I am learning to remember there once lived a person named Gezela Lorinz nee Noilander. She was born in Oradea Mare, Romania, 1885 and died in Auschwitz, 1944, aged 59. May her memory be for a blessing.
Essay 8 #70days70years
by Rabbi Malcolm Hermon
You can read the essay by clicking on the title above. Here are my thoughts.
One summer when I was a student I went for a month to a summer camp in America. It was a camp for Jewish students to instill in them a measure of religious identity which they may have, until then, not achieved. What started out as a last chance to catch assimilated youth before they went out into the world, became the focus of Jewish education for many less-affiliated families. They saw this camp for one month one time, as all the Jewish education their children needed.
I, on the other hand, had been sent to Hebrew classes for six hours a week from the age of 6 until 12. I hated it, as most of us did. We got a basic Jewish knowledge and learned to read Hebrew but that was it. It was largely based on Bible stories which were told as stories suitable for 6 year olds and never evolved into something meaningful for young adults. No wonder so many of us rejected it.
In my teens, however, I enjoyed the social life of groups who were far more religiously dedicated than I or my family. By the time I left school I was mixing with students who had been in full time secondary education in religious schools and were heading for full time study in yeshiva for up to three years before going to university. I knew nothing compared to these friends.
I stayed with this crowd though, because it was a good and enjoyable way of life. I liked the lifestyle but I didn't get it how all these families could live totally committed to a life based on the fairy stories I had been taught.
I came to the American summer camp from the opposite direction from most of the other students. I wanted to hear the philosophy taught to intelligent college students who were not already brainwashed into the whole family and community package. I wanted to hear it fresh, without all the superstitious add-ons and without the guilt factor of dropping out. I wanted the bottom line.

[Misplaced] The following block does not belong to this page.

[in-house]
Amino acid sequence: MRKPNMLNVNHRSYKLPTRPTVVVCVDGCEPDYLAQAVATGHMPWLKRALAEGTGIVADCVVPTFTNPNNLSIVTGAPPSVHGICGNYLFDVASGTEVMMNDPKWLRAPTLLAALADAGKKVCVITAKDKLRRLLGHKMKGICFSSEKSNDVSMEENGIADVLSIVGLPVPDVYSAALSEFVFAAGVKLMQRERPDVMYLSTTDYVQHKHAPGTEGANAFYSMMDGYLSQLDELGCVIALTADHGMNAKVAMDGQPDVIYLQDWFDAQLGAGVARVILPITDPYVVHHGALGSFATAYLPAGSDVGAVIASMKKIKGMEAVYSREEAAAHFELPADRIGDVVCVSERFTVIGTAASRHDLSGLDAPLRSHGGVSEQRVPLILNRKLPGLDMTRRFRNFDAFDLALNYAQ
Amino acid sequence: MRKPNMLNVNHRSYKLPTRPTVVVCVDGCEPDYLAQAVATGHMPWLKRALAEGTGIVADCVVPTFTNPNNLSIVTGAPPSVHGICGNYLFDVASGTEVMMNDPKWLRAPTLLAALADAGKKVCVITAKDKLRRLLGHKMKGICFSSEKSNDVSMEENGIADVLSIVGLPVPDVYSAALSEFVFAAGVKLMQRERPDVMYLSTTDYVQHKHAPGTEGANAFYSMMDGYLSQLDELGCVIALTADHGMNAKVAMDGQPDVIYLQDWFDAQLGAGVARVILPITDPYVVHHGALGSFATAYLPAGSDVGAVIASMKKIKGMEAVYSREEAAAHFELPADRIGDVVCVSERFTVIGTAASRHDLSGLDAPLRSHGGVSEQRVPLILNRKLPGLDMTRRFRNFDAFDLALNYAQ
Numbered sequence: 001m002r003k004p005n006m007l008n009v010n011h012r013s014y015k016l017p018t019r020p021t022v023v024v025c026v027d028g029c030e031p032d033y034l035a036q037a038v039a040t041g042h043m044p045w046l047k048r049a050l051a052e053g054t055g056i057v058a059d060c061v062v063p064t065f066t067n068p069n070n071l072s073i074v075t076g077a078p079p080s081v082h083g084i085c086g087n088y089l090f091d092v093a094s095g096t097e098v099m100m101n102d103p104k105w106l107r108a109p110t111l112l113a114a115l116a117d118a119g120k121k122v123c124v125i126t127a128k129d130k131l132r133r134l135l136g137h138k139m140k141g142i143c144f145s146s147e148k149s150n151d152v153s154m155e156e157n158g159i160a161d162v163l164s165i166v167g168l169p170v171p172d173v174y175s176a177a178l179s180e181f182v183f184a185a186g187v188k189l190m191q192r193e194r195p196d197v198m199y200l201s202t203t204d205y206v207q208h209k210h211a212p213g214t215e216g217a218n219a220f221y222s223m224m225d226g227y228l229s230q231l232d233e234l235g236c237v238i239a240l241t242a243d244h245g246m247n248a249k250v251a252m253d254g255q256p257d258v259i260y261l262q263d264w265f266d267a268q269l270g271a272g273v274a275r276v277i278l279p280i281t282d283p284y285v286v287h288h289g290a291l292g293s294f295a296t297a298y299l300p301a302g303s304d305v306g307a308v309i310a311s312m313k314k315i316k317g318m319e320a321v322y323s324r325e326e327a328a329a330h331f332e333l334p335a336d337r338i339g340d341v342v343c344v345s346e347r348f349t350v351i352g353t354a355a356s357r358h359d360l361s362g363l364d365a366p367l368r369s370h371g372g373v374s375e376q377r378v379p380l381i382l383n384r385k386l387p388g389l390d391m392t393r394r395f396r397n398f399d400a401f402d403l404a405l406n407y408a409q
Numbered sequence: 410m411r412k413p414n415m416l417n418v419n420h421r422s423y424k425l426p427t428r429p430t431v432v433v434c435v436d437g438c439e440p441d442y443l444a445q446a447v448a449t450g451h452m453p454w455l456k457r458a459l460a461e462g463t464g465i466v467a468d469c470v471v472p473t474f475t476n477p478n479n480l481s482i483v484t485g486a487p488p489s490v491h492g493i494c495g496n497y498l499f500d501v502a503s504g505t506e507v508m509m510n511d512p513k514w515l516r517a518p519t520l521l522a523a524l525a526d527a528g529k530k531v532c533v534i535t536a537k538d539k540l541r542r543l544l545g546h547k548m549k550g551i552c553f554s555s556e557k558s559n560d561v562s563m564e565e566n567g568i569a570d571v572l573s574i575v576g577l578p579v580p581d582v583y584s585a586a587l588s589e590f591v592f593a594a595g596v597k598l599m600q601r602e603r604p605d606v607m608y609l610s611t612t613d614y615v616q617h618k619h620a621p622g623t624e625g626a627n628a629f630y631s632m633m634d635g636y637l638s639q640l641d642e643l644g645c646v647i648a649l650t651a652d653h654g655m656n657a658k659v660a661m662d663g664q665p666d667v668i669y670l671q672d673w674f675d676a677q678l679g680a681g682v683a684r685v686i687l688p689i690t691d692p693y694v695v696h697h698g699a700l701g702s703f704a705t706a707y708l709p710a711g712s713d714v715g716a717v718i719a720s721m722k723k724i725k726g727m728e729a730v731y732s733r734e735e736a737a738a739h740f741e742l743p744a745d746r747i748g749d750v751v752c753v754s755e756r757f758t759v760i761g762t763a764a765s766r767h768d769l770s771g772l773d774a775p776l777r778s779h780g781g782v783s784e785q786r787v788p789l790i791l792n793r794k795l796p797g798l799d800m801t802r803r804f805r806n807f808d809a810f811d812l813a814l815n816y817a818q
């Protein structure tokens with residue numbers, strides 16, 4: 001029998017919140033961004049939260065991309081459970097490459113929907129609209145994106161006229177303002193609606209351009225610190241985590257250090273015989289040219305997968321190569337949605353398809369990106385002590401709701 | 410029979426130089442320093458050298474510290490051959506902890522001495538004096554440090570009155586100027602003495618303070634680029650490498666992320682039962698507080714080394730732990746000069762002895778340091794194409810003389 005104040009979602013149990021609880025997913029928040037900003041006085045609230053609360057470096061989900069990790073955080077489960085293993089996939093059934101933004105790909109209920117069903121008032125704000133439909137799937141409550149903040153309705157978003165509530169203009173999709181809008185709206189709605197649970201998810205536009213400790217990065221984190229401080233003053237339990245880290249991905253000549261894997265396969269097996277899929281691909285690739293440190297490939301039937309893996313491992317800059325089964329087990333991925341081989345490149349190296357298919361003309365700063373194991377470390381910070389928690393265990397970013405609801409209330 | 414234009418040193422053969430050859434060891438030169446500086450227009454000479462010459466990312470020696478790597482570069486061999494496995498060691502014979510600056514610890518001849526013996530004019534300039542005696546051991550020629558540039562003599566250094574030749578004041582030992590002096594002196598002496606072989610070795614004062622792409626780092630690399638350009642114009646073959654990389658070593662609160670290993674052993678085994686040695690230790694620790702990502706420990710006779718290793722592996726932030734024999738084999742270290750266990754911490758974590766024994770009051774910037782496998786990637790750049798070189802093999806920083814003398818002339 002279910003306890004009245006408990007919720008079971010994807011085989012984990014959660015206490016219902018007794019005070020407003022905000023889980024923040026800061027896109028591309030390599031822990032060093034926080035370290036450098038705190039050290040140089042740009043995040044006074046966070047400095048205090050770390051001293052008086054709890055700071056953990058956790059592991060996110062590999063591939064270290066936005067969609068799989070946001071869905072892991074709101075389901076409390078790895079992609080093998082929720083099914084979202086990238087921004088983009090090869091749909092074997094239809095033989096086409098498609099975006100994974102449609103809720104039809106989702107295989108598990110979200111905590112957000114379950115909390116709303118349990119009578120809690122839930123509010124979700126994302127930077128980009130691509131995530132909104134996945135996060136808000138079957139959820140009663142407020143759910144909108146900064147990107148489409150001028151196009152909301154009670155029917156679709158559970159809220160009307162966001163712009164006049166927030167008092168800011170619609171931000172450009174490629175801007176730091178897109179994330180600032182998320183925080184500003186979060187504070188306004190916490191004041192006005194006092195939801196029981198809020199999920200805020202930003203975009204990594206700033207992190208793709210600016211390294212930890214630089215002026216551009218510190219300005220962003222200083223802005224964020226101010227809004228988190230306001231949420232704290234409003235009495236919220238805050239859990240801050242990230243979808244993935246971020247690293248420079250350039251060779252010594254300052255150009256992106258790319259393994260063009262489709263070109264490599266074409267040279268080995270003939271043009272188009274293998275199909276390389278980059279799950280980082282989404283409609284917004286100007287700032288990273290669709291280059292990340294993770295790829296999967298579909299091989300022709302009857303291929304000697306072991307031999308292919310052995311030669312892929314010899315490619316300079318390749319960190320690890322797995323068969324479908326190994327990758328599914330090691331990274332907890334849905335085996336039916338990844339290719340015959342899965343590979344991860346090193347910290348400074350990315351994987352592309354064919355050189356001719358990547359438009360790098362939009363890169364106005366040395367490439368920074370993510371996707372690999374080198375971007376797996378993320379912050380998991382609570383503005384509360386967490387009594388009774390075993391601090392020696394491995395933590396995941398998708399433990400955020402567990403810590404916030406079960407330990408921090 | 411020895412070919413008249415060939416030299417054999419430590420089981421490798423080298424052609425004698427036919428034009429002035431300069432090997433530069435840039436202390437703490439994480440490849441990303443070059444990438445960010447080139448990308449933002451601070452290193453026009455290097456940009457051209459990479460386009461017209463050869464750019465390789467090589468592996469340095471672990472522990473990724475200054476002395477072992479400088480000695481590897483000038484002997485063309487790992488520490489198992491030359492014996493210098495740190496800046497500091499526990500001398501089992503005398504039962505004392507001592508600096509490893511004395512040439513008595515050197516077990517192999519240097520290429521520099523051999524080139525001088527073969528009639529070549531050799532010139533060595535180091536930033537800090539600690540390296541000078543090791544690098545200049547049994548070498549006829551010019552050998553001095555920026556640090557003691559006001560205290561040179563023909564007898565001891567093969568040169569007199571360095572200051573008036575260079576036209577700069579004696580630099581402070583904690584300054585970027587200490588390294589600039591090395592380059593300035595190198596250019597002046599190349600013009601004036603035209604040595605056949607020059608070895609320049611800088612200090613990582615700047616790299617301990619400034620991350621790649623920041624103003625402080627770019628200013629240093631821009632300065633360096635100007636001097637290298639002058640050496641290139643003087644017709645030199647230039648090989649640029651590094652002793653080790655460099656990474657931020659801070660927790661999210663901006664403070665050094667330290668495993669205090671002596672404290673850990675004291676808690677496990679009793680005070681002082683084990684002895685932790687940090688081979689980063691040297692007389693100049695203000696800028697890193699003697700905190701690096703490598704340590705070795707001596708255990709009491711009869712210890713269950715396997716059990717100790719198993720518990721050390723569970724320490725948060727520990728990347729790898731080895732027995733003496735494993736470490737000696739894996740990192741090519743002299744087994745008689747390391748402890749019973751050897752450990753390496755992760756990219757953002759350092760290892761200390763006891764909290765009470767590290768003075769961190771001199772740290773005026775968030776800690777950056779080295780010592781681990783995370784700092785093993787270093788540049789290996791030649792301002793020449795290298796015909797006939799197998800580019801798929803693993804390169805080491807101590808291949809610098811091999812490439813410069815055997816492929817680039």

The application process included a questionnaire in which you had to rate yourself on a scale of 1 (least) to 5 (most). When I came to the question about my Jewish knowledge I obviously circled the modest 2. I knew more than those who had chosen a completely secular lifestyle but in my religious community I was largely faking it.
When Dr Bruce Powell met me at LAX airport to drive me to the camp we talked about the questionnaire and he told me that this one question was the the most telling of all. In this one question he could almost guarantee that students who circle the 4 know way less than students who circle the 2. It's obvious really. If you grow up with little Jewish background in a home that doesn't practice religion except maybe a bit on Pesach (Passover) and Yom Kippur and you know how to read Hebrew a bit, that you're not supposed to work or drive on Shabbat, and that meat from pigs is forbidden, then you pretty much know everything right?
In today's reading Rabbi Herman describes the depths of Jewish learning. How the main tracts, starting with the Torah, came into being. Each book building on the studies that came before and fitting together to form the vast volumes that are still studied today.
I don't study these books. I hear bits of knowledge and wisdom retold around the dinner table when dining with those who do. I live in Jerusalem, my life is half in Hebrew, I am a traditional Jew who celebrates all the Jewish festivals and holy days, I have an M.A. in linguistics and language learning. On a scale of 1 to 5 my Jewish knowledge is a 2.